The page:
Since Mark Olbert became mayor of San Carlos about nine months ago, he has decided a few times to switch the agenda order on the fly after reading the room and seeing that there were people in attendance for a particular item.
It’s happened fewer than a handful of times, but Olbert said it was mainly when there were children in the audience and he wanted to honor bedtimes. So he would take an agenda item that was to be heard later in the evening, and place it earlier so people could leave without having to wait for other agenda items not for them.
Olbert said he hasn’t gotten any negative feedback, but is aware that some people might show up at a meeting based on when the agenda item lands, whether it be later in the evening, or sooner. So there is a risk that someone could show up for an agenda item that was scheduled to be heard later and miss it because it was shifted to earlier in the night.
Overall, however, Olbert said it’s worked out well and that he’s only done it a few times.
“I like to respond to the makeup of the audience. We’ll keep doing it,” Olbert said. “I think the audience appreciates it.”
I’d like to see more of that. It makes sense to move an agenda item to earlier in the night if there are a large amount of people in the audience for it. It makes sense for working people and those with young families.
One example is the San Mateo City Council meeting Monday night. On that night, there were lots of people in attendance for the item discussing study areas for the general plan. Moving that item to earlier in the evening would have allowed for more people to express their points of view and still get home on the early side. It’s a balancing act, however, according to San Mateo Mayor Diane Papan. For Papan, there were multiple short items before a long item and it didn’t seem fair for all the people with a short item to wait through a long item. Fair enough.
Another example is the late-night decision by the San Bruno City Council on the Mills Park development. The decision on that development — that would have provided 425 residential units and a market at the corner of San Bruno Avenue and El Camino Real — was made in the wee hours of the morning after 2 a.m. The decision was even more odd because two councilmembers had to recuse themselves and the vote needed all three councilmembers to pass. It fell short by one vote, taking many by surprise. In that meeting, I can’t help but think that tabling the discussion once it reached midnight might have ended with a better result and allowed for clearer minds on a different day.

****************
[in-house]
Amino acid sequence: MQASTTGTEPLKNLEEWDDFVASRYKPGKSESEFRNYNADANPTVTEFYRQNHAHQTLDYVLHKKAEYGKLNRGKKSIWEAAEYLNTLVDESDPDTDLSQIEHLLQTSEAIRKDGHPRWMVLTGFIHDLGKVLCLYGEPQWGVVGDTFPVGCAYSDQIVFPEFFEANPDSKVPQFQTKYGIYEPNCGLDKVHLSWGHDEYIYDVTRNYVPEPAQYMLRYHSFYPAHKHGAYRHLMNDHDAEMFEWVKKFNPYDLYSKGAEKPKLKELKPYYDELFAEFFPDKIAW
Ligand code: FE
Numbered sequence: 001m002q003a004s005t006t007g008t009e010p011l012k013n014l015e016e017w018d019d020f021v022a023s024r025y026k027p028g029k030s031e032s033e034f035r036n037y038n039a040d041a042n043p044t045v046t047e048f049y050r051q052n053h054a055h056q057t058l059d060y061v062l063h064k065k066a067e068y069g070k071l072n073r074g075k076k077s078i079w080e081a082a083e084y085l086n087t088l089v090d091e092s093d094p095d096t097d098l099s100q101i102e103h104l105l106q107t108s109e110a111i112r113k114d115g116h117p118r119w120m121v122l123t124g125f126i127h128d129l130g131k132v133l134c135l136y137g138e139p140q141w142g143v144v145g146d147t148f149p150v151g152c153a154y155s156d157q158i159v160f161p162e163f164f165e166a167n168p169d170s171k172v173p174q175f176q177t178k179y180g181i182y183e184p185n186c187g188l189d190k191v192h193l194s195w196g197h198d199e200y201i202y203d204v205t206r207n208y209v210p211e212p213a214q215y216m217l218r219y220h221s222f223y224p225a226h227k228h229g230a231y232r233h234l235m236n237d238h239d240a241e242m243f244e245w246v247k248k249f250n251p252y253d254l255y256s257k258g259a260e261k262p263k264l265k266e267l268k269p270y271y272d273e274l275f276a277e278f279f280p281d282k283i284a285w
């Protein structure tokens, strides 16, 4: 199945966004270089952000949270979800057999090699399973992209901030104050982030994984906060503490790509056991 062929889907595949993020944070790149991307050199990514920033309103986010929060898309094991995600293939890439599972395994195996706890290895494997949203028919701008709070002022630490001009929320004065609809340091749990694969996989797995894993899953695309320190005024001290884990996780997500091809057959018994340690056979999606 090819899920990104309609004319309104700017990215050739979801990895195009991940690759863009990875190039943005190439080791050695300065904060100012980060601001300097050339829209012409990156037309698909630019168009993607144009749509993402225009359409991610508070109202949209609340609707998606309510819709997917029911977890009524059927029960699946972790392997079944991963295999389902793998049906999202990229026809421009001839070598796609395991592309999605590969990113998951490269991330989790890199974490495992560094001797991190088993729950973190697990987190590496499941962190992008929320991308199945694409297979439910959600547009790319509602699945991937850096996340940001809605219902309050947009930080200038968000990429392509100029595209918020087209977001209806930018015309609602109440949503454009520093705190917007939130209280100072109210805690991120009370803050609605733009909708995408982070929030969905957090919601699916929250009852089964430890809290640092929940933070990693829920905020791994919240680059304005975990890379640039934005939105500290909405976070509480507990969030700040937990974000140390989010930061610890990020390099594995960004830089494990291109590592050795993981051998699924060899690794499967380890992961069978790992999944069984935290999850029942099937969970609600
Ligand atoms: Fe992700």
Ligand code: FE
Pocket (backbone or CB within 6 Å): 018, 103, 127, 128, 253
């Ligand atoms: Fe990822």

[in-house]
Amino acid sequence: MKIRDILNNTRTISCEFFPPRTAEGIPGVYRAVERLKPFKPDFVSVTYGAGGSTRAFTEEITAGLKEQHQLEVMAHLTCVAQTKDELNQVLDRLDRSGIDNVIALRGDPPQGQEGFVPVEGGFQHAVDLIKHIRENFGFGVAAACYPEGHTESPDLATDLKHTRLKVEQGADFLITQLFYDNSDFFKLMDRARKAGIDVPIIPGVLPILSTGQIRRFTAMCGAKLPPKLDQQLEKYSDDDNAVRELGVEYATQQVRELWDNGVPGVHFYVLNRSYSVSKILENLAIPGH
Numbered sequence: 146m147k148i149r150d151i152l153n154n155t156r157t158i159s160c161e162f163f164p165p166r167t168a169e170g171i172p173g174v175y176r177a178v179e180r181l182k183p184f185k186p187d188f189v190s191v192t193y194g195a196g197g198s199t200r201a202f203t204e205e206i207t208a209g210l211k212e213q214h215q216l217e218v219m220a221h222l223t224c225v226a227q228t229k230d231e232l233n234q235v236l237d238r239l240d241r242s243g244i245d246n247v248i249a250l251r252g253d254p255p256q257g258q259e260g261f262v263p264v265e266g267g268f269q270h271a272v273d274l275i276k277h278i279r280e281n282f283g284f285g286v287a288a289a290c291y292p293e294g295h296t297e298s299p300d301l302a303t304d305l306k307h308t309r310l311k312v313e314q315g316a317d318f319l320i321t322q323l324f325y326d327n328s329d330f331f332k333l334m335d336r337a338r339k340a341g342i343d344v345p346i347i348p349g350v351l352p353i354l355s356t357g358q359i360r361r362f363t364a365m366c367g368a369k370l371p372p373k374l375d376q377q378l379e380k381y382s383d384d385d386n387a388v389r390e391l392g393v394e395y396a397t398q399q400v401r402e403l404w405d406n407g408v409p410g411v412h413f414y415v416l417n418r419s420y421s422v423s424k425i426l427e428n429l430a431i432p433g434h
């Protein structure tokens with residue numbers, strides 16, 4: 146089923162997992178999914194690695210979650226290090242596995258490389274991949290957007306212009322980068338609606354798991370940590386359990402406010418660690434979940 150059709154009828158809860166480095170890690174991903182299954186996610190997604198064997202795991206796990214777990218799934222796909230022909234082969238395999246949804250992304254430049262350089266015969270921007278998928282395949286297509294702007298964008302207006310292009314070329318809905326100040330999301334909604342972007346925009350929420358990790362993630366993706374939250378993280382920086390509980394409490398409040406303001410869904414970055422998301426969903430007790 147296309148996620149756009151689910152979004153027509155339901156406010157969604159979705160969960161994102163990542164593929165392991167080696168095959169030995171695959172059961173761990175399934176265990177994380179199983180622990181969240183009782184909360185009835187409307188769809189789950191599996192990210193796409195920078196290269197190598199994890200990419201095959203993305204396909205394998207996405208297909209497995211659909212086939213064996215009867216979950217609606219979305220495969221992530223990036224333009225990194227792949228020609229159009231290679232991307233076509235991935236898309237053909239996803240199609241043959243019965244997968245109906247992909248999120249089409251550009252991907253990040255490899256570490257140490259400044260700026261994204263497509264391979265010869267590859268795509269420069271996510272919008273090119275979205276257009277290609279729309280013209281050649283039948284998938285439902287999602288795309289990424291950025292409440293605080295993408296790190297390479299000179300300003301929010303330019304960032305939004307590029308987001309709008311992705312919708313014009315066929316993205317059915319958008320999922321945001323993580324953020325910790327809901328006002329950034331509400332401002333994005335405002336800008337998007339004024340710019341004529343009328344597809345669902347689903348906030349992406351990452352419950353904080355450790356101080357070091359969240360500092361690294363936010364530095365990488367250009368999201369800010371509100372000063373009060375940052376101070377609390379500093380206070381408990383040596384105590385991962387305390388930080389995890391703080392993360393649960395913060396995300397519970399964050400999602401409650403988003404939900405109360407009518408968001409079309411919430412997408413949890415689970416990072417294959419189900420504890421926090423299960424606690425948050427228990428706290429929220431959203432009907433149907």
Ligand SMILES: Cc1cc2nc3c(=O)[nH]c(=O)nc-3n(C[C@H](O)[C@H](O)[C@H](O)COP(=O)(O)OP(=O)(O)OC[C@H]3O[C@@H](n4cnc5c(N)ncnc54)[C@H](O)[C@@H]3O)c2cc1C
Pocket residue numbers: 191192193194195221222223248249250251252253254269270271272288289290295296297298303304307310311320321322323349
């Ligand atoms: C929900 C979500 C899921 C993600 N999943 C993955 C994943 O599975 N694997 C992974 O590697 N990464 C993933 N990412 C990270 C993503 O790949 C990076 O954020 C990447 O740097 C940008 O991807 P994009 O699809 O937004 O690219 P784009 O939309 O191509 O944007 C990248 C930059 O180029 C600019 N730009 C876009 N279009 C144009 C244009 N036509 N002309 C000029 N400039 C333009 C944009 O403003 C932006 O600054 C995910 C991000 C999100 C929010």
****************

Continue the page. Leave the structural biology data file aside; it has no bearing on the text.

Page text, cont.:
Councils and mayors grapple with public input and balancing agendas constantly. In this era, there are ample ways to let a city official know your point of view, with email being the main way. Still, the public hearing is the traditional forum in which councilmembers make their decisions and everyone knows cases can be made better in person than by email. While there is no perfect methodology and some situations merit moving agenda items around while others don’t, there could be more flexibility among all cities in ensuring more voices are heard.
As demographics shift, there can be outside-the-box thinking on how to best accommodate working families and those who cannot stay late into the night on a particular issue. Years ago, in San Mateo, the council split their study sessions and council meetings so every week there was a one or the other. The study sessions began at 5:30 p.m. and allowed the council to have a good discussion with public comment and hash out details before the item moved to the next week’s regular 7 p.m. council meeting for a vote. Typically, the main action was in the study session and the subsequent vote was procedural but there were instances in which the regular meeting had additional discussion based on the direction of the study session. This allowed for two bites of the apple when it came to discussion and input. It might be something for all cities to consider on particular items when there is a significant amount of public interest.
As far as meetings that extend late into the night, I defer to the adage that nothing good happens after midnight. Many cities have policies in place that the council has to vote to continue past a certain time and while there are times for forging ahead with the work at hand, sometimes a pause is in order for all involved.
For Olbert, he has found mixing it up to be a good thing.
“It’s an easy experiment to run,” he said. “If you run into opposition, you can just change it back.”
Jon Mays is the editor in chief of the Daily Journal. He can be reached at email@example.com. Follow Jon on Twitter @jonmays.